The coronavirus crisis and other extraordinary burdens have left clear marks on the results of the French environmental group Suez. On Friday morning, the company announced a net loss after minority interests of €228m for 2020. A year earlier, it had posted a net profit of €352m. Suez's annual sales fell by 4.5 per cent in annual comparison, slipping from €18.0bn to €17.2bn last year.
Suez also recorded a decline in revenues for its European waste management activities, which reported sales of €6bn, or 4.5 per cent less than in the prior-year. In the Asia-Pacific region, the division's revenues came in only 1 per cent lower than in the previous year at around €1bn. Both regions achieved organic revenue growth in the second half of the year, said Suez. The concern's waste segment booked earnings before interest and taxes (Ebit) of €275m for 2020, 33 percent lower than the previous year's figure of €411m.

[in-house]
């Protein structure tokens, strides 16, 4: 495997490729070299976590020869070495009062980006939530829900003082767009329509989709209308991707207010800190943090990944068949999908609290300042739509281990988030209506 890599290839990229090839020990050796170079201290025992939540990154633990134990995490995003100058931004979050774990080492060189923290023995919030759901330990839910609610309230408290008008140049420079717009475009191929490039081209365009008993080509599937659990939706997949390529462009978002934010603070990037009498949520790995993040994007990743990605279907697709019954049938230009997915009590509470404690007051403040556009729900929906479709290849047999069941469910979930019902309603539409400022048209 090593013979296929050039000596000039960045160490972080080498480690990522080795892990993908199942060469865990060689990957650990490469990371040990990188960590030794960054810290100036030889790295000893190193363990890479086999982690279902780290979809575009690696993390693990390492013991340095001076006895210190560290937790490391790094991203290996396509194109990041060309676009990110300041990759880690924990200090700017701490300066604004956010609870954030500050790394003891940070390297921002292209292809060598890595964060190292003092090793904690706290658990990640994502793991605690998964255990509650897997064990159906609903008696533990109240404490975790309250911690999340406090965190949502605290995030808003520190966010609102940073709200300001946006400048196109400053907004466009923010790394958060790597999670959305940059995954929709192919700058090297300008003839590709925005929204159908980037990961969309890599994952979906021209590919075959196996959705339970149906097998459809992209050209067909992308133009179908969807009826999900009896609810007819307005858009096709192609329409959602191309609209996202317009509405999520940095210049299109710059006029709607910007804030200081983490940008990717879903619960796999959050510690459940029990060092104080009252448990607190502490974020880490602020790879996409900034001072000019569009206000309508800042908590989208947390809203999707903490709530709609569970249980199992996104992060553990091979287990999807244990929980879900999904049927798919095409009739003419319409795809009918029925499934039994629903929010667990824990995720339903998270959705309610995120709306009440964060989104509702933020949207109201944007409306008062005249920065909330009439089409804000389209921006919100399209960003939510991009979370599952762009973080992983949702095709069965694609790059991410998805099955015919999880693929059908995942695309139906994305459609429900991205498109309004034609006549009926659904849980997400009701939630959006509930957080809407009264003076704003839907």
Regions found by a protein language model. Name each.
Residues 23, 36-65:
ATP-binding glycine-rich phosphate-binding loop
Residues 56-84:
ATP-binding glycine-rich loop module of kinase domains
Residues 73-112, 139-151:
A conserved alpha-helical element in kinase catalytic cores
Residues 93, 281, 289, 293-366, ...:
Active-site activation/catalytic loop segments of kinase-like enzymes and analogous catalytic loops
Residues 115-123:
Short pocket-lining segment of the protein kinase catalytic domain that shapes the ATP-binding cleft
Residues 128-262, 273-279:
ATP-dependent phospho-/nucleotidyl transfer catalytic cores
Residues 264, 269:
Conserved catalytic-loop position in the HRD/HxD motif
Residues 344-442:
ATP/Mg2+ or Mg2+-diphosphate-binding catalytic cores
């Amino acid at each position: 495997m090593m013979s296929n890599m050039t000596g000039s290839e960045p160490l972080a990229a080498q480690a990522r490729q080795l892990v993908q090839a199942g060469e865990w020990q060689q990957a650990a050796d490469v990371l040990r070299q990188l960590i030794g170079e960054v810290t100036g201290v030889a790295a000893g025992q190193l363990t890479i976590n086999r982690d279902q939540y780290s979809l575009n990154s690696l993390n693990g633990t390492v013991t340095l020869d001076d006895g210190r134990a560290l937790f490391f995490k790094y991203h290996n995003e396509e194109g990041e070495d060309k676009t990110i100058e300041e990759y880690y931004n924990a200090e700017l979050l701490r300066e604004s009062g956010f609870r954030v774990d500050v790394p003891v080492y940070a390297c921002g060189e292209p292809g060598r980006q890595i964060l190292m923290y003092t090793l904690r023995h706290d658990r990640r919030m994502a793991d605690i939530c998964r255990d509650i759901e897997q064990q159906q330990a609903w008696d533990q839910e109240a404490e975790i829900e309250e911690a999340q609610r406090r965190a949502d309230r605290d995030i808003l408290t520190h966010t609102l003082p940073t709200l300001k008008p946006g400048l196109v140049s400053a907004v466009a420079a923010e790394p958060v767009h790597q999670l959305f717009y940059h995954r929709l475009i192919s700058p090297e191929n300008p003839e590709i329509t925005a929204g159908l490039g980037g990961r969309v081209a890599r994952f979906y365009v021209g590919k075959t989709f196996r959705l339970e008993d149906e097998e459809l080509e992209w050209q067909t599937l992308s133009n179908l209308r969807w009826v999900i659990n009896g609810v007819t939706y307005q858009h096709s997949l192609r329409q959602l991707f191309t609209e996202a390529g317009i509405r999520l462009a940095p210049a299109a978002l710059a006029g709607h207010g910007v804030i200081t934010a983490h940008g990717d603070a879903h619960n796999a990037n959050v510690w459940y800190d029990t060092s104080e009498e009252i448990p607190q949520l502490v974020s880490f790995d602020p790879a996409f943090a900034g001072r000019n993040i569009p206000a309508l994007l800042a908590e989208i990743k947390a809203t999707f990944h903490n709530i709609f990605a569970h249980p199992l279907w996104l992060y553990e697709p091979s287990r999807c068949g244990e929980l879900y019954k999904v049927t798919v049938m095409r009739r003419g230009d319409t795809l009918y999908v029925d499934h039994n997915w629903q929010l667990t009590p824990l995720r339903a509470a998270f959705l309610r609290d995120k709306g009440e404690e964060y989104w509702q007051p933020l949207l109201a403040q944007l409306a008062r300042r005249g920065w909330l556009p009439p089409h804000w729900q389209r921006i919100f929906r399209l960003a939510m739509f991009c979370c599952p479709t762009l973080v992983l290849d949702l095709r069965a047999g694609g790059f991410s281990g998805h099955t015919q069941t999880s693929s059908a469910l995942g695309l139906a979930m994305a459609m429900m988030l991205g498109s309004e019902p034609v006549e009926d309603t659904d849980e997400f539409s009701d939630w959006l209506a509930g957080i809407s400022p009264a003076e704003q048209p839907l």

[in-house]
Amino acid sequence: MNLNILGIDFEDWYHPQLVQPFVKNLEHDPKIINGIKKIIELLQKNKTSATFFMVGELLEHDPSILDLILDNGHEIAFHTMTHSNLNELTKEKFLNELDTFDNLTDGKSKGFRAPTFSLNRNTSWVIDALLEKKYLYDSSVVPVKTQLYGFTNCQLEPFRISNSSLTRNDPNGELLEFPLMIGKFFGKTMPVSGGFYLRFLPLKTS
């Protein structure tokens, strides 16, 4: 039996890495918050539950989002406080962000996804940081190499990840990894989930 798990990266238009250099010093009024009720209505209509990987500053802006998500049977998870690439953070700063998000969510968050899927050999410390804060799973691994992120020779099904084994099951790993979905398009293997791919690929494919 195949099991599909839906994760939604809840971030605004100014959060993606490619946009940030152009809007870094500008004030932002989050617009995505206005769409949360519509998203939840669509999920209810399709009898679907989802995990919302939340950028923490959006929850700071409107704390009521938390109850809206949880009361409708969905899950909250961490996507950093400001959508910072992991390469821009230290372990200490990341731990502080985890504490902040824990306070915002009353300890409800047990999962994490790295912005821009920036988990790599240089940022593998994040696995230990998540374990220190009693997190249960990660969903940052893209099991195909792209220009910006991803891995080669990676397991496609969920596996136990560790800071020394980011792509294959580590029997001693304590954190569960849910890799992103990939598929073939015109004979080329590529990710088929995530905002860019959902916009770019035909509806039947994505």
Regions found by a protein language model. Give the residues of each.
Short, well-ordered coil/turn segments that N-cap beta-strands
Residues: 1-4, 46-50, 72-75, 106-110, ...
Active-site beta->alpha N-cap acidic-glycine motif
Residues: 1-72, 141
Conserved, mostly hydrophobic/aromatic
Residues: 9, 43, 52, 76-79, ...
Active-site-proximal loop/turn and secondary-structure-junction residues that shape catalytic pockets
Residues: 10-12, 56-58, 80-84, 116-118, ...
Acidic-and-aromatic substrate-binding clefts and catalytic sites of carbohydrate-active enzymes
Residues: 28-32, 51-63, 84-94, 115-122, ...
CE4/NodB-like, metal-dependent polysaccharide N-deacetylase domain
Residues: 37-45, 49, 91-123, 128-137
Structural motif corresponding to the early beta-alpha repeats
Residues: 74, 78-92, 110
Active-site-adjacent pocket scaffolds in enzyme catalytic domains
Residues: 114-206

Board rejects Veolia's offer
Along with the release of its annual earnings report, Suez announced that its board of directors had reviewed Veolia's industrial project and €18 per share offer, and at its meeting on 24 February had "unanimously decided that the conditions were not met to support such a project". The offer presented by its competitor did not sufficiently reflect the intrinsic value of Suez, and also exposed its customers and shareholders to significant execution risk.
Suez also reiterated its warning that the dismantling of its business would only come at a social cost. "Veolia’s scale objective does not bring with it any clear benefits for the provision of essential services. It does not enhance technological innovation, quality of service or agility which are Suez' strengths," said the concern. The board of directors would now lay out its objections in a "reasoned opinion" to be submitted to the French stock exchange regulator (AMF).